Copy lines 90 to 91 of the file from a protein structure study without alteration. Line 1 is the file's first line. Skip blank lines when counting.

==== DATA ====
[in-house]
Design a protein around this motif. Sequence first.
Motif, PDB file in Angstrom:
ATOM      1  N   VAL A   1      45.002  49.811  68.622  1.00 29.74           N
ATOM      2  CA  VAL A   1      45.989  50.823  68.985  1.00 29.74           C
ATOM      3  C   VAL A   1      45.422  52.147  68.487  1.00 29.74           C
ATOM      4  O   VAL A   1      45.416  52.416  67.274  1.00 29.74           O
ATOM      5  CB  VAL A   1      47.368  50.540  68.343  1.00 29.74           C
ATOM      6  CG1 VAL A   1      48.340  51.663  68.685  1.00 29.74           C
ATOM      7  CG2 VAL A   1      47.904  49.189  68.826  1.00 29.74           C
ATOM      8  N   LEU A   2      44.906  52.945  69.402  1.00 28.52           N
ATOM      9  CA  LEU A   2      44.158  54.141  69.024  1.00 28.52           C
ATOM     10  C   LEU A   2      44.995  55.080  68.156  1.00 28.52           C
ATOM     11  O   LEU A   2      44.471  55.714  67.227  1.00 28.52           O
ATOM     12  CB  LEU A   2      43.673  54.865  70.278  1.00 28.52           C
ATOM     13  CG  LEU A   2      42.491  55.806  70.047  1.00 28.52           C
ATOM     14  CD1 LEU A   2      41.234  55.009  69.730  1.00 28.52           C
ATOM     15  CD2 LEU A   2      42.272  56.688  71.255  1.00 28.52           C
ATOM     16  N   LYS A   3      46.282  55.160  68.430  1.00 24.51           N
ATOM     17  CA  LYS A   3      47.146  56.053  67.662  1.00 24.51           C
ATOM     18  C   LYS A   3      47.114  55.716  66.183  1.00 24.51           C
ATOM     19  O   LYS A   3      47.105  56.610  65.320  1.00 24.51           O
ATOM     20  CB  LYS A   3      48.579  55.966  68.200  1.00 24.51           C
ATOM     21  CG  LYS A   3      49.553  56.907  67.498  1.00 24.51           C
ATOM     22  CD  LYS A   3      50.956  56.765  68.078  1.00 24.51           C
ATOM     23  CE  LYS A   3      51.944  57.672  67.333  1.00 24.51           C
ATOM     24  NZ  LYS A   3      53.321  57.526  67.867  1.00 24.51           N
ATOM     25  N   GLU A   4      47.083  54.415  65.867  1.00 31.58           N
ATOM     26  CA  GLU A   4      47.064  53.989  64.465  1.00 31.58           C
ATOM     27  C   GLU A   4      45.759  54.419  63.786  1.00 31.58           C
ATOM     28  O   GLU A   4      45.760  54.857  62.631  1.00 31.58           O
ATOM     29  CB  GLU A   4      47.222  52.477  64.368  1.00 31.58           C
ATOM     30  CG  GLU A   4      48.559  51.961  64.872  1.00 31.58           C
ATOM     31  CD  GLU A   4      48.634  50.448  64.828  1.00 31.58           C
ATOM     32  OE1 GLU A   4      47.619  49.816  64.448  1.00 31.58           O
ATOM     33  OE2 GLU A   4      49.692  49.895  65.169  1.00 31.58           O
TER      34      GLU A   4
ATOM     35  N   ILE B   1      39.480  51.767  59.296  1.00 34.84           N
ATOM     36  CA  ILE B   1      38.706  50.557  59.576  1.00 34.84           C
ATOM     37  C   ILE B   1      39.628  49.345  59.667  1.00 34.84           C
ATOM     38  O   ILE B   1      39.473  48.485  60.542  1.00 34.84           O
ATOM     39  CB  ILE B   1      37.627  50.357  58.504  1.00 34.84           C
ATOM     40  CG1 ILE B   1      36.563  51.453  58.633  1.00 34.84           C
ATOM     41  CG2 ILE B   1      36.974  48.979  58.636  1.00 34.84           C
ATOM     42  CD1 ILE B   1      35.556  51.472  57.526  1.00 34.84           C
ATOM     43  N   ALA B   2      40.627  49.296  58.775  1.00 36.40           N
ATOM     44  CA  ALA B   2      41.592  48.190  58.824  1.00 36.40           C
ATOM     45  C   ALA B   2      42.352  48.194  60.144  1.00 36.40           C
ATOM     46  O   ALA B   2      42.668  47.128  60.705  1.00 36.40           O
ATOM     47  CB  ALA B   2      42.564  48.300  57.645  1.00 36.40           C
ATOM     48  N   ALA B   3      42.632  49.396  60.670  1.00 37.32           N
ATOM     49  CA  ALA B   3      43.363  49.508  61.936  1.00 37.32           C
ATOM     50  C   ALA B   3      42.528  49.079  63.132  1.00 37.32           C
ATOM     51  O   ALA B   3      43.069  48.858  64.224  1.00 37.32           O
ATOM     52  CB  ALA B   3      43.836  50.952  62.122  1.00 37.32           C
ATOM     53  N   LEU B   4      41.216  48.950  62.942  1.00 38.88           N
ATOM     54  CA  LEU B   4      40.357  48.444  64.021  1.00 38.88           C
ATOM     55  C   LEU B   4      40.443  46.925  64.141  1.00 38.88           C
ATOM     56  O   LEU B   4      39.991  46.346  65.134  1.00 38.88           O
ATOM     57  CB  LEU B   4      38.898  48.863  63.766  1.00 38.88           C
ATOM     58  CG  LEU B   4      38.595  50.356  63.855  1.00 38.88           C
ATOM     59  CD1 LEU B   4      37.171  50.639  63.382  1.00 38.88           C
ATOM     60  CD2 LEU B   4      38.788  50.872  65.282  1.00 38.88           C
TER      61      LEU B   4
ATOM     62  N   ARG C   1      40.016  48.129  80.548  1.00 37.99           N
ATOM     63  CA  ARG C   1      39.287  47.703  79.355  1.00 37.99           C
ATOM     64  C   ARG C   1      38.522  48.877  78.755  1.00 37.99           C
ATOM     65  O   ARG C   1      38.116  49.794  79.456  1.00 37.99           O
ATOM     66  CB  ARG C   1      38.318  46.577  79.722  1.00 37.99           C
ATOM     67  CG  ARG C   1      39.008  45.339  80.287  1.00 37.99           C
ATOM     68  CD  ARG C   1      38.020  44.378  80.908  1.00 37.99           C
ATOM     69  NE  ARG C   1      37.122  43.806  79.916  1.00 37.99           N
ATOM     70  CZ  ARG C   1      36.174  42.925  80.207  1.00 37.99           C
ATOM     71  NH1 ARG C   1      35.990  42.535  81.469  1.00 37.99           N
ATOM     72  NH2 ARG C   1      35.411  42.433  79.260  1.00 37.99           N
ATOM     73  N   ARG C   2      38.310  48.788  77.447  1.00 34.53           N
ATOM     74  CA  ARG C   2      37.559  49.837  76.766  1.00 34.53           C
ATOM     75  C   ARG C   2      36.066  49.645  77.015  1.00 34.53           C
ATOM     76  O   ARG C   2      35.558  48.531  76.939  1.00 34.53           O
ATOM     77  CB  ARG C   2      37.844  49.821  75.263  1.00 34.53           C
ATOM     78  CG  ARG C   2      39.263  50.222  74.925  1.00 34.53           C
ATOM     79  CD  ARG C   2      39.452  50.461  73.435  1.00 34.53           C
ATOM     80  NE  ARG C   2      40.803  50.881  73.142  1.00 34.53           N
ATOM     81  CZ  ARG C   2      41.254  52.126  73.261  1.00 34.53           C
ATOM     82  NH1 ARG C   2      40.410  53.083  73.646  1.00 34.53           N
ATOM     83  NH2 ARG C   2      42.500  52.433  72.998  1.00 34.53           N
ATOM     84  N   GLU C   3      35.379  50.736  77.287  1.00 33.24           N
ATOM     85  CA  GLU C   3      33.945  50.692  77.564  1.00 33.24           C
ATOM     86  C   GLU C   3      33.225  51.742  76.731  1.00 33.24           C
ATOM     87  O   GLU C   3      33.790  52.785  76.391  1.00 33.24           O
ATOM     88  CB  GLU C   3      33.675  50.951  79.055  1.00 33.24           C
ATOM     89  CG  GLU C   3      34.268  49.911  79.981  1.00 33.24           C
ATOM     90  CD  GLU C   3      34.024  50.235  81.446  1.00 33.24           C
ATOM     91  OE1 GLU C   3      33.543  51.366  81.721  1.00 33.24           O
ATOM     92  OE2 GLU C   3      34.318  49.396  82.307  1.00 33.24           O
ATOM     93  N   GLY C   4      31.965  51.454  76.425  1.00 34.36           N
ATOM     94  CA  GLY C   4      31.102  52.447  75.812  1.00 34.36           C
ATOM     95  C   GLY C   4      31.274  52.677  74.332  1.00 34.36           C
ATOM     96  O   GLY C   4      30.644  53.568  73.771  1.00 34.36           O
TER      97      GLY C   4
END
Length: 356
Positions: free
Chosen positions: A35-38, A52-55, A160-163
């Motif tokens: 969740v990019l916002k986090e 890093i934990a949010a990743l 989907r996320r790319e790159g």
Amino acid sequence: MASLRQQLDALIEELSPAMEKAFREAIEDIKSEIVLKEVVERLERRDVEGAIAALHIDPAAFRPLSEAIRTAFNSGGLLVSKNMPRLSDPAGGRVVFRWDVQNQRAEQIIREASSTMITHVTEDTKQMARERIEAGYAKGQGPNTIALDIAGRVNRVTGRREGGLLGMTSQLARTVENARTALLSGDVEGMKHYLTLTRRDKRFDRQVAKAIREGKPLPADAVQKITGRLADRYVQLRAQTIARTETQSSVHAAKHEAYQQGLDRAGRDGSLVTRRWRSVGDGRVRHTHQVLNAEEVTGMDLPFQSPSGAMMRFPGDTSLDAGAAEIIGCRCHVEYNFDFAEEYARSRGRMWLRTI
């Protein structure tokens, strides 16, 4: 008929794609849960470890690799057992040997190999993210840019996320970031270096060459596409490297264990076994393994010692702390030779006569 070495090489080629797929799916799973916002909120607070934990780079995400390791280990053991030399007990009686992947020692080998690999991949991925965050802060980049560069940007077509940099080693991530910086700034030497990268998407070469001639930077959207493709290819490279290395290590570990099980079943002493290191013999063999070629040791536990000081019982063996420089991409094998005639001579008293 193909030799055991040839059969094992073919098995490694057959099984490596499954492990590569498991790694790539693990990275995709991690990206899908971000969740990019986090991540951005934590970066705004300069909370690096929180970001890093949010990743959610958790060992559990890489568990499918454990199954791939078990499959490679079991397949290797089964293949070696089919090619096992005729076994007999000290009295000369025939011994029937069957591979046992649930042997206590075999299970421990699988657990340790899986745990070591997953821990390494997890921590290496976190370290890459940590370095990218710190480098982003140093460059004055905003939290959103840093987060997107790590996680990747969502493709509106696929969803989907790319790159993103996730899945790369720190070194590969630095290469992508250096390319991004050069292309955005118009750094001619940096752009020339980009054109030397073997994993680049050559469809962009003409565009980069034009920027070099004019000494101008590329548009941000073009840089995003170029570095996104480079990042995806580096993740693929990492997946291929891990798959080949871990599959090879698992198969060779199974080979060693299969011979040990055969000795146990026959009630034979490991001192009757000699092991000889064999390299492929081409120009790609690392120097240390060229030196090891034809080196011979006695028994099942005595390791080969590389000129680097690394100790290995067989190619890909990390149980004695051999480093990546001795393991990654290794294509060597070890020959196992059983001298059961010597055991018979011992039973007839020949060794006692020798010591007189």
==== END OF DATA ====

ATOM     87  O   GLU C   3      33.790  52.785  76.391  1.00 33.24           O
ATOM     88  CB  GLU C   3      33.675  50.951  79.055  1.00 33.24           C